I wanted it to be something that was really provocative and I feel like, as an album title, it's so like vulgar in a way just because of the word "fuck" and everything. And I feel like it kind of captures the whole essence of this project in terms of my life in LA and songs about fame and Hollywood and vanity and all those things. I feel like for the level of artists that I am like, I feel like sometimes I'm the starfucker or sometimes I'm the one getting star-fucked by people.

It's kind of weird. I'm not super famous or anything, but I feel like people will have more interest in you when they know that you have an audience or followers or that you make music and all that stuff. But at the same time, I feel like I've been so inspired by the parties I go to in LA where there are celebrities in the room and I'm just like, 'Whoa like I'm just like a small-town girl! How did I end up here? This is so crazy!' Then I feel kind of like the starfucker. But I feel like everyone has a bit of that to them in nature. Everyone is really infatuated with fame and celebrity and all of that, even people who don't want to admit it. There's something sparkly about that world and all of it. So, yeah, I feel like it just fit the music really well and I feel like I would name an album this. It feels very neat.

You're one of the first artists people think of when they think of the whole Y2K hyperpop sound, especially since that sound and that aesthetic have been resurging over the past years. I know this album is more elevated than that and it's kind of a different sound direction for you. Do you still like that association? And how does it feel being linked to, you know, that nostalgia?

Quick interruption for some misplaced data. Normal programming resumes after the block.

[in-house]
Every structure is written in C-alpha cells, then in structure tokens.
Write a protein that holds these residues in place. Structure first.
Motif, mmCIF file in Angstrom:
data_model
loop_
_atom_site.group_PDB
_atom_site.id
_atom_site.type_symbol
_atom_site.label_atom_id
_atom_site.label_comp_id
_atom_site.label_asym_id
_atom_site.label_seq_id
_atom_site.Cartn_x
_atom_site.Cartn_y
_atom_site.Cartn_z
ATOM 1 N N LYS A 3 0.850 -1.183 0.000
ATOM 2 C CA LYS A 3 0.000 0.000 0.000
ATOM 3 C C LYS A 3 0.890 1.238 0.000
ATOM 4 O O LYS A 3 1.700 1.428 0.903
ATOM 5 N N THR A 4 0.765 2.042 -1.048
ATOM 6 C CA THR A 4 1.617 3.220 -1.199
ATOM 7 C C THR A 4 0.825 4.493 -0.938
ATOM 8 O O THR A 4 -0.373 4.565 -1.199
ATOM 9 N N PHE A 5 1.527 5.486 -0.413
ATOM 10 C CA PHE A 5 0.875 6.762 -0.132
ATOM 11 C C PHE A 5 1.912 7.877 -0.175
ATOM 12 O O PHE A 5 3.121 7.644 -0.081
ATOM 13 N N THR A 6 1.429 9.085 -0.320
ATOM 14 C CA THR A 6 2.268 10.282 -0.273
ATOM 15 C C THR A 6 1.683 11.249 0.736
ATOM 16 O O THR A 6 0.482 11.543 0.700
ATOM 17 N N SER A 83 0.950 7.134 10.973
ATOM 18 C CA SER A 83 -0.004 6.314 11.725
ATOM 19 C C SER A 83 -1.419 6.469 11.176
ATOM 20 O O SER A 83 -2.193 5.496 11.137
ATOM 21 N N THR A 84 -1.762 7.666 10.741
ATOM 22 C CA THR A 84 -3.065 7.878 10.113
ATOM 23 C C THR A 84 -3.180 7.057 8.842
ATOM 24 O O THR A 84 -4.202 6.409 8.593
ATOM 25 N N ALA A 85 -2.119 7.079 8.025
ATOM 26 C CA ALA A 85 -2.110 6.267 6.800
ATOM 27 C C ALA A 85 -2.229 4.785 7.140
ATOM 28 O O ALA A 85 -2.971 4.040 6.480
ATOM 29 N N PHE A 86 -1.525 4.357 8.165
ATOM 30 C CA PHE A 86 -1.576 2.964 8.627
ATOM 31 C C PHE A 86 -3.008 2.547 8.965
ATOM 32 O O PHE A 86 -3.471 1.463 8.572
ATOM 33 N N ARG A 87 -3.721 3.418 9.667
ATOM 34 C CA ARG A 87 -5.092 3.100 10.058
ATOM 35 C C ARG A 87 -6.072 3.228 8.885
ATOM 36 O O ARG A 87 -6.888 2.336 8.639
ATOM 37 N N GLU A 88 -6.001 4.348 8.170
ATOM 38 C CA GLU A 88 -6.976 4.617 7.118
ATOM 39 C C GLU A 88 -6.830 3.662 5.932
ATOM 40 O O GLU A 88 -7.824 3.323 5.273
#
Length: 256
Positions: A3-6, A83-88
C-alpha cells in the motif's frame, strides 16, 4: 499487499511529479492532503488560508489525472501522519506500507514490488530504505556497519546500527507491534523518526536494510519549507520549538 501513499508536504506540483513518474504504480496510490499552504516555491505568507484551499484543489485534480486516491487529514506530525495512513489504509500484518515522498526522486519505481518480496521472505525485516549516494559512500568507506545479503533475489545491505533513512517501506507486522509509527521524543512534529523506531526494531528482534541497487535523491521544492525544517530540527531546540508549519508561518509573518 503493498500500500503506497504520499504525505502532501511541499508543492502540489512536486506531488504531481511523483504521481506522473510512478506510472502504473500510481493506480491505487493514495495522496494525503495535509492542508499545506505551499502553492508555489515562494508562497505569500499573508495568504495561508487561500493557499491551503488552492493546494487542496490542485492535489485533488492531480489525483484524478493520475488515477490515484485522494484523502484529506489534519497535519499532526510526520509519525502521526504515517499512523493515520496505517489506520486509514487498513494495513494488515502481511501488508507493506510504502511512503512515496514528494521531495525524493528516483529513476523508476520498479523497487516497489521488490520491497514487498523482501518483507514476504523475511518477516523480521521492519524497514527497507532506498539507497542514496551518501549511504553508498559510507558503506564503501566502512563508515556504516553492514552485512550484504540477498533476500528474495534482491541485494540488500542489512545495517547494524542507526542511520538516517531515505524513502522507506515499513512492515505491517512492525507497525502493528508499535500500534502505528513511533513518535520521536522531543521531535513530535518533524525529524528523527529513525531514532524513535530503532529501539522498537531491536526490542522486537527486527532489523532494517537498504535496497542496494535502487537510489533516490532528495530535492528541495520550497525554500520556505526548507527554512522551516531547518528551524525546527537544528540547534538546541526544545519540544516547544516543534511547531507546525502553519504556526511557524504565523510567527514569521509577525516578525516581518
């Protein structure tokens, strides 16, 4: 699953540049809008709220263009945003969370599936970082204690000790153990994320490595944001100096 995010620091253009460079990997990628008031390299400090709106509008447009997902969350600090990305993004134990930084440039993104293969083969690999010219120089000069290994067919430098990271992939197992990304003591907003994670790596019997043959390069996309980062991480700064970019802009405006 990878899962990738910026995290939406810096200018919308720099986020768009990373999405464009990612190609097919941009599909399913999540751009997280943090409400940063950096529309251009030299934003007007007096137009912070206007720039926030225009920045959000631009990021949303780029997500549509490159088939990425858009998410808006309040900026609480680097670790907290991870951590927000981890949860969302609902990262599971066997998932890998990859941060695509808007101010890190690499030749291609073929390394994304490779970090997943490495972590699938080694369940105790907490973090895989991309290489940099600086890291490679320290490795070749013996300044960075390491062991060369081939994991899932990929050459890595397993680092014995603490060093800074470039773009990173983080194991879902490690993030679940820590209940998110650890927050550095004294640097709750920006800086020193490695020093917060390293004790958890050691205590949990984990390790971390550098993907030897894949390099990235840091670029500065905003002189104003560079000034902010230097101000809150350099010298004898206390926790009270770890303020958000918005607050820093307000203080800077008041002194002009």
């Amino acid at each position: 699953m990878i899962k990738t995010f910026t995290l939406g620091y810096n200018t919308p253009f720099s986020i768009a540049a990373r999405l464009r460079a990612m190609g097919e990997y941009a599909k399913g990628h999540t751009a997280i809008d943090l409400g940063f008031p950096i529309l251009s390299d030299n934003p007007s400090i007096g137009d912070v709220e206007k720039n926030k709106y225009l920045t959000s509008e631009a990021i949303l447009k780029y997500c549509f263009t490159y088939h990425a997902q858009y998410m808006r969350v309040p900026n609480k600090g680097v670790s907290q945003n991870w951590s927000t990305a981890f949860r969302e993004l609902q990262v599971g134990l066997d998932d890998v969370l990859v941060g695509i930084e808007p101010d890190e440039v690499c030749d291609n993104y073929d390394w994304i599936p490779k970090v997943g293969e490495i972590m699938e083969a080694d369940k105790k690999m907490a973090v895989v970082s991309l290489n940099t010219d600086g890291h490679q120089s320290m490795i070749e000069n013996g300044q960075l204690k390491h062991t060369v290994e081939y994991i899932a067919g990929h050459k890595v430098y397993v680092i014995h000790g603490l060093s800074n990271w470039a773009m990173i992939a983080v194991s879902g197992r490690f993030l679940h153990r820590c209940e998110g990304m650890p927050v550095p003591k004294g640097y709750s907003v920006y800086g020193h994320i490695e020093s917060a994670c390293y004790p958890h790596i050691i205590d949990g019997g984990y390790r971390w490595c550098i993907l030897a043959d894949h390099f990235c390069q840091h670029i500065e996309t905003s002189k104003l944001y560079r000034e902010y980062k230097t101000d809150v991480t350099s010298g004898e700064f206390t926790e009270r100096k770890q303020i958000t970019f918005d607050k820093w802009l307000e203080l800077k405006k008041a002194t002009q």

I don't mind it. I honestly love visuals. I love aesthetics. I feel like for my mixtape, even though I was so new and it was so me at a lower budget, I'm so proud of it, my mixtape cover and the tanning bed photo.

People sometimes discount me as an artist, but I do think that mixtape and that era with my other collaborators like Ayesha Erotica and That Kid, we really did influence and inspire something. When we were all doing the MCBling stuff and when I did my tanning bed cover and released that, I wasn't seeing other people really touch on those aesthetics in that way. Like it all kind of became a thing after me and all my friends were kind of doing it. Not to be like, 'Oh, we invented it,' because obviously we were inspired by the early 2000s and all of that.

So it's cool to be associated with it. I love it. I think that definitely in the future, I would love to kind of like touch on my mixtape aesthetics again. I'm very much like a Tumblr nut. I love cyberpunk and vaporwave and Y2K and aesthetics with "-core" after it. I love all of that. So I would love to revisit it one day.

I've watched interviews you've done before and you've talked extensively about your love for club music, especially queer club music, and how instrumental it was to you growing up. SO can you talk about continuing that legacy?